Research indicates that both caesarean birth and operative vaginal birth (forceps or vacuum extraction) are associated with an increased risk of postnatal infection. While multiple trials have shown the efficacy of antibiotic prophylaxis to prevent infection after caesarean birth, only one, small, underpowered trial assessed this efficacy following operative vaginal birth.

For a multi-center, blinded, randomized placebo-controlled trial published in The Lancet, Marian Knight, DPhil, and colleagues set out to investigate whether a single dose of intravenous co-amoxiclav (amoxicillin/clavulanic acid) administered immediately after operative vaginal birth effectively prevented confirmed or suspected maternal infection, and a range of other secondary outcomes. Among nearly 3,500 women, the researchers compared co-amoxiclav with a placebo.

We found that a single dose of co-amoxiclav significantly reduced the incidence of confirmed or suspected infection from 19% in the control group to 11% in the antibiotic group,” explains Dr. Knight. “Women randomized to the antibiotic group were also significantly less likely to experience confirmed systemic infection on culture (0.6% vs 1.5%) and were at significantly lower risk of most secondary outcomes compared with women randomized to placebo, including perineal wound infection, perineal pain, use of pain relief for perineal pain, wound breakdown, and any perineum-related outpatient, primary care, or home visits.”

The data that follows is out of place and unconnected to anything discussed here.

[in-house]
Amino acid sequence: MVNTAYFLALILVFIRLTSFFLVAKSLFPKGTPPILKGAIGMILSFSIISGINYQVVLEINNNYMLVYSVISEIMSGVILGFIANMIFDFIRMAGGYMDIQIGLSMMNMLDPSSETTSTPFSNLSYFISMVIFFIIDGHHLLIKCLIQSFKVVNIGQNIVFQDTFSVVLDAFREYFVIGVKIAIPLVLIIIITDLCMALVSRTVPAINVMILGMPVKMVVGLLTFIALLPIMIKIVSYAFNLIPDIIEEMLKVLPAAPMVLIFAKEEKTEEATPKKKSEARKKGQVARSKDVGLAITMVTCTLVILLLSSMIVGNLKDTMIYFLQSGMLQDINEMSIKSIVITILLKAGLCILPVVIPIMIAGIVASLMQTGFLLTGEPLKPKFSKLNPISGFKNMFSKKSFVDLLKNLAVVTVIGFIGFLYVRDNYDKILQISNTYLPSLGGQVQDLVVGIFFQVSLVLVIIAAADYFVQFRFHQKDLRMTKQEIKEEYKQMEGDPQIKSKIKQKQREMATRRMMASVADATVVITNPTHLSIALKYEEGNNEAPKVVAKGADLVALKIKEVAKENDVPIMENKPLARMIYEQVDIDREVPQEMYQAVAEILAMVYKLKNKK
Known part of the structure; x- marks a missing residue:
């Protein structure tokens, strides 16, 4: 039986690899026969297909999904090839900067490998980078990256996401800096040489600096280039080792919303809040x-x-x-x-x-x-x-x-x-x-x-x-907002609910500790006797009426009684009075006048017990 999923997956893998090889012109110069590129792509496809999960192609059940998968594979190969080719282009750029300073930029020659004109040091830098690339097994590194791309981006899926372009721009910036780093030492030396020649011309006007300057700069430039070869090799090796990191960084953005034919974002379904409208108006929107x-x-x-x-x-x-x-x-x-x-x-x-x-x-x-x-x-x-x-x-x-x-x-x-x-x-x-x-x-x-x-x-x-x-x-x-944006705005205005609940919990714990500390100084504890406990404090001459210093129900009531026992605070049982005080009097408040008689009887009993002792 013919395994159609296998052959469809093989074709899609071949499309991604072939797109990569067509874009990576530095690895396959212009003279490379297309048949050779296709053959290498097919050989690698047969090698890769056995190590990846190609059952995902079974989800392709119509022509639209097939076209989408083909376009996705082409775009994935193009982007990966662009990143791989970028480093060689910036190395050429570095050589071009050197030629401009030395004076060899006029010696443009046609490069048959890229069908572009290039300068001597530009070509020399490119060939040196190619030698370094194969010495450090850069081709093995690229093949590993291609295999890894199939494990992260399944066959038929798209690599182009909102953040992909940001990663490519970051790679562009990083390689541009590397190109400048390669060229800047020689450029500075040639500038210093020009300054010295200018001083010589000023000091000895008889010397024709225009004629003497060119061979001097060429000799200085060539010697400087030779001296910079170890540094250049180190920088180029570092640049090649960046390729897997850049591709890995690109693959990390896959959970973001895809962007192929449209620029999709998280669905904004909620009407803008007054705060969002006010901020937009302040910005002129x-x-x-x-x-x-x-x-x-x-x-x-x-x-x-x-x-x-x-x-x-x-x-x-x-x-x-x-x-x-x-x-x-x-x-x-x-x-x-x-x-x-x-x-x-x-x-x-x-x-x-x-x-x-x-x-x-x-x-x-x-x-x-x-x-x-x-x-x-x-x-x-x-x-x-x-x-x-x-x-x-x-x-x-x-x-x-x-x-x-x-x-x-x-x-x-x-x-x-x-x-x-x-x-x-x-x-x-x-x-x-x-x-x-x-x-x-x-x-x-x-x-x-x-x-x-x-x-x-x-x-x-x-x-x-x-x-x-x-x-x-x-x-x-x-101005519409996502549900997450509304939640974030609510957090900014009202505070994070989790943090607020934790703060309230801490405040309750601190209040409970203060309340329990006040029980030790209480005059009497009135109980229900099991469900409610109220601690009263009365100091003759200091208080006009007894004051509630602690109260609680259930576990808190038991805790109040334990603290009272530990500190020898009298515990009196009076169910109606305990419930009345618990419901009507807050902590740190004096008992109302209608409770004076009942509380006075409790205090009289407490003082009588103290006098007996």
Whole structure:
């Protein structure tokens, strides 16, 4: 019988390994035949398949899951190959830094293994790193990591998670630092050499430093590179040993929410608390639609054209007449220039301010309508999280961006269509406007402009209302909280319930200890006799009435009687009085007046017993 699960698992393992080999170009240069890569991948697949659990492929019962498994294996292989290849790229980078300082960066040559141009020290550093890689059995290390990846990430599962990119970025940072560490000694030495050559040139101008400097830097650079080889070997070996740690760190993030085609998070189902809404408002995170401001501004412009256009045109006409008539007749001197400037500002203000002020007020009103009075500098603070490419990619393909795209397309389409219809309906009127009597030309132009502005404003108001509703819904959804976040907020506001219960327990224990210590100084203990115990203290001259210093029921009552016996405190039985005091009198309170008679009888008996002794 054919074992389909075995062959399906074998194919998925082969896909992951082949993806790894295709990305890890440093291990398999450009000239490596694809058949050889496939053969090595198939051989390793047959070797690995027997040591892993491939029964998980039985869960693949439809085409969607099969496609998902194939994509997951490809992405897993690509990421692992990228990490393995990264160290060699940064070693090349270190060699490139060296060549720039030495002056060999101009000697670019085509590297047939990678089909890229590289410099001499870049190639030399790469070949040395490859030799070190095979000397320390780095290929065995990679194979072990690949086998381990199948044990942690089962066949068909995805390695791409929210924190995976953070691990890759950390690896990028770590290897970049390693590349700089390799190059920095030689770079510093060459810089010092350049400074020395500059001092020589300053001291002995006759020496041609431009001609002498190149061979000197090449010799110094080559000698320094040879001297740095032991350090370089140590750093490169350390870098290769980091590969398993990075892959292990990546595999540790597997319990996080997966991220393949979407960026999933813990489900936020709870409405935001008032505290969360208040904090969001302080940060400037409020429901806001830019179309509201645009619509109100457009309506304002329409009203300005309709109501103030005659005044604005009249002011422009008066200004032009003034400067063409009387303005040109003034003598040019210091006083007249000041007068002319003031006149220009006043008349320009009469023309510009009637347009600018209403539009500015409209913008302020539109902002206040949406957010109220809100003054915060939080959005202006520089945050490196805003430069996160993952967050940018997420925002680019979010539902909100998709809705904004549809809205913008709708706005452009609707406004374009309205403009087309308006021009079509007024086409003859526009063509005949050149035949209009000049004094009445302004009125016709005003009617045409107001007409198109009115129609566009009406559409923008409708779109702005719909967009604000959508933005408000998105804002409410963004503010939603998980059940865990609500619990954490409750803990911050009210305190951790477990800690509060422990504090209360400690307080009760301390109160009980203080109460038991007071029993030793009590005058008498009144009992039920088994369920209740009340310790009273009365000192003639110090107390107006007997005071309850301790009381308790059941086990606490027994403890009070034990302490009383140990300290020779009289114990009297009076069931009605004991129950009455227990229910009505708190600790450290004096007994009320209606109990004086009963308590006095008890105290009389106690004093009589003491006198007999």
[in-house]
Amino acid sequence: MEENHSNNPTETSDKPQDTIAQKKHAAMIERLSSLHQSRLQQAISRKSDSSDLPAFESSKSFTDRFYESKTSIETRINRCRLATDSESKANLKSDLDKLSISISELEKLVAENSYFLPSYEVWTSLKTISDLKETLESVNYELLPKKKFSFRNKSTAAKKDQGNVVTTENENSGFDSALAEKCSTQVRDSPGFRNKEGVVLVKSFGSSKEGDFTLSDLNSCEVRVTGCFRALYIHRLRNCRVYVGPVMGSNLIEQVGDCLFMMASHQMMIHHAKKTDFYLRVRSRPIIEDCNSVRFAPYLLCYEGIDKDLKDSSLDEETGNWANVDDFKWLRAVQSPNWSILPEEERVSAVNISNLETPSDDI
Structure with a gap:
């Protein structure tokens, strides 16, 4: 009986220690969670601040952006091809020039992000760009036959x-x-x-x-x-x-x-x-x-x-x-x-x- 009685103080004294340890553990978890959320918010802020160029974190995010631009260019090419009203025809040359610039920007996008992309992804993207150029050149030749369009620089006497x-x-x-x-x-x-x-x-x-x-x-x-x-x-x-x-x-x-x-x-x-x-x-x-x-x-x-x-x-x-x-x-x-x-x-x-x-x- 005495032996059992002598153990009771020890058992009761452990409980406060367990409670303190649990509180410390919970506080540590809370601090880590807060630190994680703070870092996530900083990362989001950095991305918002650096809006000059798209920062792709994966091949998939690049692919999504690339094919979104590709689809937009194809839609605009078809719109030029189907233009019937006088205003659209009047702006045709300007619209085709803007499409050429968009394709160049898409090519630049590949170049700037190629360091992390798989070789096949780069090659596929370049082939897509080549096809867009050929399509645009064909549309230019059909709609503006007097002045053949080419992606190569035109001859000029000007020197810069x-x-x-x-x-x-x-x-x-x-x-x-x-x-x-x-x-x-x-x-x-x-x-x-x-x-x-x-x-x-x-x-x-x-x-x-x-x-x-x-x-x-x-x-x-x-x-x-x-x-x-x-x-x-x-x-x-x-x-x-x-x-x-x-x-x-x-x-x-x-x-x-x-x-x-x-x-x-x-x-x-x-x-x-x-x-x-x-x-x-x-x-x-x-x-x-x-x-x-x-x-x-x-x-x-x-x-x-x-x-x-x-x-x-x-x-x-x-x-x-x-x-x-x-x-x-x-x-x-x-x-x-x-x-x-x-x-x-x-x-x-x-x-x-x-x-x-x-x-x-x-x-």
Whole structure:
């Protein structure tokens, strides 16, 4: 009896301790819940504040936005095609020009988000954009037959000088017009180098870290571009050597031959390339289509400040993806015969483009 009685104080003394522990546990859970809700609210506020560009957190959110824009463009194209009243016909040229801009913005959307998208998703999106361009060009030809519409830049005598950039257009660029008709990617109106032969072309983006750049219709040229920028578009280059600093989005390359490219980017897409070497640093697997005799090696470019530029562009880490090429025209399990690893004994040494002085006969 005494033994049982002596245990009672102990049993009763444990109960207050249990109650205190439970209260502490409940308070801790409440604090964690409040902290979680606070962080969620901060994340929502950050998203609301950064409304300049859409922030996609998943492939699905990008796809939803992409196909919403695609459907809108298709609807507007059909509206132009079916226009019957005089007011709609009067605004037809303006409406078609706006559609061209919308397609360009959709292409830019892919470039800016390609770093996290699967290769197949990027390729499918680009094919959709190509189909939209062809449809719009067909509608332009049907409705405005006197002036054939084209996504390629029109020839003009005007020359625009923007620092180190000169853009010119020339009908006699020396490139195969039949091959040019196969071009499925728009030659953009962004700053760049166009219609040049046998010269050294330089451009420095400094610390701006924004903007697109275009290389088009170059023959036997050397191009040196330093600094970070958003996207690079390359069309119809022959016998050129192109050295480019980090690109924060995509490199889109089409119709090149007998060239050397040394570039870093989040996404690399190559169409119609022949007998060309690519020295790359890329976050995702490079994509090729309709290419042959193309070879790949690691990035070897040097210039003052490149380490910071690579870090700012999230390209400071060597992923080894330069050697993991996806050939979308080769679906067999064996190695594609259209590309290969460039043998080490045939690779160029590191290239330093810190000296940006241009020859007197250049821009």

With 11% of women still having confirmed or suspected infection after receiving antibiotic prophylaxis, Dr. Knight questions whether other interventions might reduce this rate further. “We did not collect information about the aseptic techniques used at the time of operative vaginal birth,” she adds “It is possible that further attention to aseptic technique at the time of birth may influence later outcomes. Further investigation of whether the efficacy of prophylaxis varied with timing of administration is warranted to further guide advice on how rapidly antibiotic prophylaxis should be administered, and to assess whether there is any evidence to suggest that pre-delivery or repeated administration may be more effective.”

In the meantime, Dr. Knight suggests that clinical practice be changed to “reflect the clear evidence of benefit of a single intravenous dose of prophylactic co-amoxiclav after operative vaginal birth.”

References

Prophylactic antibiotics in the prevention of infection after operative vaginal delivery (ANODE): a multicentre randomised controlled trial

https://www.thelancet.com/journals/lancet/article/PIIS0140-6736(19)30773-1/fulltext